Incidence, Determinants and Mortality of Heart Failure Associated With Medical-Surgical Procedures in Patients ≥ 65 Years of Age (from the Cardiovascular Health Study)

Monali Shah, Carlos J. Rodriguez, Traci M. Bartz, Mary F. Lyles, Jorge R. Kizer, Gerard P. Aurigemma, Julius M. Gardin, John S. Gottdiener

Research output: Contribution to journalArticlepeer-review


Heart failure (HF) and myocardial infarction are serious complications of major noncardiac surgery in older adults. Many factors can contribute to the development of HF during the postoperative period. The incidence of, and risk factors for, procedure-associated heart failure (PHF) occurring at the time of, or shortly after, medical procedures in a population-based sample ≥ 65 years of age have not been fully characterized, particularly in comparison with HF not proximate to medical procedures. This analysis comprises 5,121 men and women free of HF at baseline from the Cardiovascular Health Study who were followed up for 12.0 years (median). HF events were documented by self-report at semi-annual contacts and confirmed by a formal adjudication committee using a review of the participants’ medical records and standardized criteria for HF. Incident HF events were additionally adjudicated as either being related or unrelated to a medical procedure (PHF and non-PHF, respectively). We estimated cause-specific hazards ratios for the association of covariates with PHF and non-PHF. There were 1,728 incident HF events in the primary analysis: 168 (10%) classified as PHF, 1,526 (88%) as non-PHF, and 34 unclassified (2%). For those 1,045 participants in whom LV ejection fraction was known at the time of the HF event, it was ≥45% in 89 of 118 participants (75%) with PHF, compared to 517 of 927 participants (55%) with non-PHF (p < 0.001). Increased age, male gender, diabetes, and angina at baseline were associated with both PHF and non-PHF (range of hazard ratios (HR): 1.04–2.05]. Being Black was inversely associated with PHF [HR: 0.46, 95% confidence interval: 0.25–0.86]. Participants with increased age, without baseline angina, and with baseline LVEF<55% were at a significantly lower risk for PHF compared to non-PHF. Among those with PHF, surgical procedures—including cardiac, orthopedic, gastrointestinal, vascular, and urologic—comprised 83.3%, while percutaneous procedures comprised 8.9% (including 6.5% represented by cardiac catheterizations and pacemaker placements). Another group composed of a variety of procedures commonly requiring large fluid volume administration comprised 7.7%. There was a lower all-cause 30-day mortality in the PHF versus the non-PHF group (2.2% vs 5.7%), with a nonsignificant odds ratio of 0.39 in a minimally adjusted model. When individuals with prior myocardial infarction (MI) were excluded in a sensitivity analysis, the proportion of incident HF with concurrent MI was greater for PHF (32.9%) than for non-PHF (19.8%). In conclusion, PHF in older adults is a common entity with relatively low 30-day mortality. Baseline angina, lower age, and LVEF ≥ 55% were associated with a higher risk of PHF compared to non-PHF. Being Black was associated with a lower risk of PHF and PHF as a proportion of HF was lower in Black than in non-Black participants. Compared to non-PHF, PHF more frequently presented with concurrent MI and with preserved LV ejection fraction.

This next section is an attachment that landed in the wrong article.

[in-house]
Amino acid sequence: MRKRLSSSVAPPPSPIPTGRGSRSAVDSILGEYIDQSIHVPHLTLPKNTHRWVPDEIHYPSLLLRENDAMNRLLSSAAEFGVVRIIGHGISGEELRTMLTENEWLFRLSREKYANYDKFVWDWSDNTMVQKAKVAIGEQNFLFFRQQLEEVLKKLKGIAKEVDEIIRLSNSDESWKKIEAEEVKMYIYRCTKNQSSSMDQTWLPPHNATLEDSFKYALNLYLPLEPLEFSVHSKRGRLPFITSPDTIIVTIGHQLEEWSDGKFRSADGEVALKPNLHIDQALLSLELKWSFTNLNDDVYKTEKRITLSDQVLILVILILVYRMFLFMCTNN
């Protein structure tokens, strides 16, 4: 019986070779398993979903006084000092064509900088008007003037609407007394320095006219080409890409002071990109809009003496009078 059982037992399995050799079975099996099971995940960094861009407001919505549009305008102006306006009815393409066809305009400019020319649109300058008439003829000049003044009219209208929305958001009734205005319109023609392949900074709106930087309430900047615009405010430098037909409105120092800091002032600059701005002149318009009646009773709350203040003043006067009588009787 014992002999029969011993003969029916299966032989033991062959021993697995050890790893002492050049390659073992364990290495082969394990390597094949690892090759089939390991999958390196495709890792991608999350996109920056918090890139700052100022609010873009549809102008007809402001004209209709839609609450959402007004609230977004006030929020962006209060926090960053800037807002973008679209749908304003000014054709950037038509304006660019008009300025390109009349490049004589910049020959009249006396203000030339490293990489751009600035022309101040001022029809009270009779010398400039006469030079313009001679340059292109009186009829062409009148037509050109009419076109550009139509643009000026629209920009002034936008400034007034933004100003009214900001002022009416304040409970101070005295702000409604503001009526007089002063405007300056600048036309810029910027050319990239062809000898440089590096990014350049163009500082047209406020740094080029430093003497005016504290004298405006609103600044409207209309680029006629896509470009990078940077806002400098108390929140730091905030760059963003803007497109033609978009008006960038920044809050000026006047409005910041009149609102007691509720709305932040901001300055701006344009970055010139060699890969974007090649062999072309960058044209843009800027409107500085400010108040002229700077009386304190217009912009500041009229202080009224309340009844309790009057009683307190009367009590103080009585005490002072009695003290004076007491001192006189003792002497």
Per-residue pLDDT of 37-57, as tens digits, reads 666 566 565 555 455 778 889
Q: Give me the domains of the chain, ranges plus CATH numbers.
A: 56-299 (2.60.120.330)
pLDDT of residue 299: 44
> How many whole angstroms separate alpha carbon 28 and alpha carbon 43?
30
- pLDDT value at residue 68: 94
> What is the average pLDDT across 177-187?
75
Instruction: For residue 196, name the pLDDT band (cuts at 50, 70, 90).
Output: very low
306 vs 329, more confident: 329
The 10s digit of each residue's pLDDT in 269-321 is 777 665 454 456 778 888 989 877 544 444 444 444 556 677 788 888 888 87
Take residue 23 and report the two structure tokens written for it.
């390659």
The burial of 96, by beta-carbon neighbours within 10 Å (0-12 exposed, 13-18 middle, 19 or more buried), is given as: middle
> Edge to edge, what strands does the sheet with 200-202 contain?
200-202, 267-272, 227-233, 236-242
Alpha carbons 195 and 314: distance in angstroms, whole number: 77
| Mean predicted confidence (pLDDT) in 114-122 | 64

Original languageEnglish (US)
Pages (from-to)71-78
Number of pages8
JournalAmerican Journal of Cardiology
StatePublished - Aug 15 2021

ASJC Scopus subject areas

  • Cardiology and Cardiovascular Medicine


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